Feather cloak from Hawaii in the Pitt Rivers Museum, Oxford
Princess Nāhiʻenaʻena in her cloak, 1825
Display at Keauhou, Hawaii

Feather cloaks have been used by several cultures.


Elaborate feather cloaks called ʻahu ʻula[1] were created by early Hawaiians for the aliʻi (royalty).[2] Feathers were also used in women's skirts called pāʻū.[3] The ʻiʻiwi (Vestiaria coccinea) and ʻapapane (Himatione sanguinea), which provided red feathers, were killed and skinned due to their abundance. Yellow feathers were obtained from the mostly black and rarer ʻōʻō (Moho nobilis) and mamo (Drepanis pacifica) using a catch and release philosophy to ensure future availability.[4]

Famous works include:


Main article: Tupinambà cape

Feather cloaks were known to the coastal Tupi people, notably the Tupinambá. The cloaks called gûaraabuku were dressed by the paîé (Tupian shamans) during rituals. They were made from the red plumage of gûará (Eudocimus ruber) and had a hood at the top, which could cover the entire head, shoulders and thighs up to the buttocks.


In Māori culture feathers are a sign of chiefly rank,[7] and the kahu huruhuru (feather cloak),[8] is still used as sign of rank or respect.[9][10]


Bird-hamir or feather cloaks that enable the wearers to take the form of, or become, birds are widespread in Germanic mythology and legend. The term hamir can be translated as various terms such as skin, cloak, costume, coat or form.[11][12][13][14][15]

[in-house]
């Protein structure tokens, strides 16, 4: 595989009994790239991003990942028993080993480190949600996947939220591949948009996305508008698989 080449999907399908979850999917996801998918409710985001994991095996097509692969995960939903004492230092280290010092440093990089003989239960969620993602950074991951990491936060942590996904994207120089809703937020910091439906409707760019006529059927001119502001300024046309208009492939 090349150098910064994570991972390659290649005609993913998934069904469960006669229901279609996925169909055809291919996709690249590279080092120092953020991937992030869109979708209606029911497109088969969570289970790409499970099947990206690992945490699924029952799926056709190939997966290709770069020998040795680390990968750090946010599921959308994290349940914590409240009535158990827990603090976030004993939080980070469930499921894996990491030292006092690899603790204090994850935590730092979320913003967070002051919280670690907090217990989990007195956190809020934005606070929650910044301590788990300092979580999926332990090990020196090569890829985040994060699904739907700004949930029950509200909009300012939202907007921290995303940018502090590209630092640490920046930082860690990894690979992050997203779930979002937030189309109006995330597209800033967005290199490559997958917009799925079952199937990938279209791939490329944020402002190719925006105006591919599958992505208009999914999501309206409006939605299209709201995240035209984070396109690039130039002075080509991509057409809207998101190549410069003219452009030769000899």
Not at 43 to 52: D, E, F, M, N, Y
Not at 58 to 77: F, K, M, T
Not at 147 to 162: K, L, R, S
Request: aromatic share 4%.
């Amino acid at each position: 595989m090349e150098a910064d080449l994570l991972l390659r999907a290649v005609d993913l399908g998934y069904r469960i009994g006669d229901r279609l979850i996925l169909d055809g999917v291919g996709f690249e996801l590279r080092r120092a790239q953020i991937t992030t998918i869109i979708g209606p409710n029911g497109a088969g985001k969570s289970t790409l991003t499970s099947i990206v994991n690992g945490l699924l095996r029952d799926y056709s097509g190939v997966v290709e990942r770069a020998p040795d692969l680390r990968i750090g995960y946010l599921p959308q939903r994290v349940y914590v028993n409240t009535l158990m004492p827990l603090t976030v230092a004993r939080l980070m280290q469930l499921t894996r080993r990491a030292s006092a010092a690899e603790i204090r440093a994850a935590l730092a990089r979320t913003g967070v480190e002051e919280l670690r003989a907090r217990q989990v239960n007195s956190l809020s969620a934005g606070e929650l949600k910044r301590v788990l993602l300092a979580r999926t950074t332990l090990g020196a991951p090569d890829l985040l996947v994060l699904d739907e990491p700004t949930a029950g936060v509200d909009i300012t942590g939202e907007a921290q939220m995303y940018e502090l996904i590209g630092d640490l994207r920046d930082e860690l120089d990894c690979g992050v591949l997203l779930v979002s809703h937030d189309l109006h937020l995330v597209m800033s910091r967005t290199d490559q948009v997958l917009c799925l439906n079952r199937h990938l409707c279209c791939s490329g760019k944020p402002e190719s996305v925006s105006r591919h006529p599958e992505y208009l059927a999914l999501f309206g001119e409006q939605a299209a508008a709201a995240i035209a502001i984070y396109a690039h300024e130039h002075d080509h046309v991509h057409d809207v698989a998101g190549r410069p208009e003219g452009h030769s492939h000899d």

Gods and jötnar

The Gotlandic image stone Stora Hammars III is believed to depict Odin in the form of an eagle (note the eagle's beard), Gunnlöð holding the mead of poetry, and Suttungr.

In Norse mythology, goddesses Freyja and Frigg each own a feather cloak or feather costume that imparts the ability of flight.[15][16] Freyja is not attested as using the cloak herself,[17] however she lent her fjaðrhamr "feather cloak" to Loki so he could fly to Jötunheimr after Þórr's hammer went missing in Þrymskviða, and to rescue Iðunn from the jötunn Þjazi in Skáldskaparmál who had abducted the goddess while in an arnarhamr "eagle shape".[12][18][22] Loki also uses Frigg's feather cloak to journey to Geirröðargarða, referred to here as a valshamr ("falcon-feathered cloak").[25]

In Ynglinga saga, Óðinn is described as being able to change his shape into that of animals.[26] In the story of the Mead of Poetry from Skáldskaparmál, he does not explicitly require a physical item to assume an "eagle-form" (arnarhamr) to flee with the mead, in contrast to the jötunn Suttung, who must put on his (arnarhamr) in order to pursue him.[27][28]

Heroic legend

Wayland's smithy in the centre, Niðhad's daughter to the left, and Niðhad's dead sons hidden to the right of the smithy. Between the girl and the smithy, Wayland can be seen in a fjaðrhamr flying away. From the Ardre image stone VIII.

In Völsunga saga, the wife of King Rerir is unable to conceive a child and so the couple prays to Odin and Frigg for help. Hearing this, Frigg then sends one of her maids wearing a krákuhamr (crow-cloak) to the king with a magic apple that, when eaten, made the queen pregnant with her son Völsung.[29][30][31]

The master smith Wayland forges a pair of wings to help his escape from King Niðhad after he is hamstrung, as depicted on a panel of the 8th-century whale-bone Franks Casket and described in the corresponding episode preserved in the Þiðreks saga.[32] Though the flying apparatus is called "wings" or "a wing" (Old Norse: flygil), borrowed from the German Flügel,[33] the finished product is said to be very much like a fjaðrhamr flayed from a griffin, or vulture, or an ostrich.[a][b][c][34][35][37]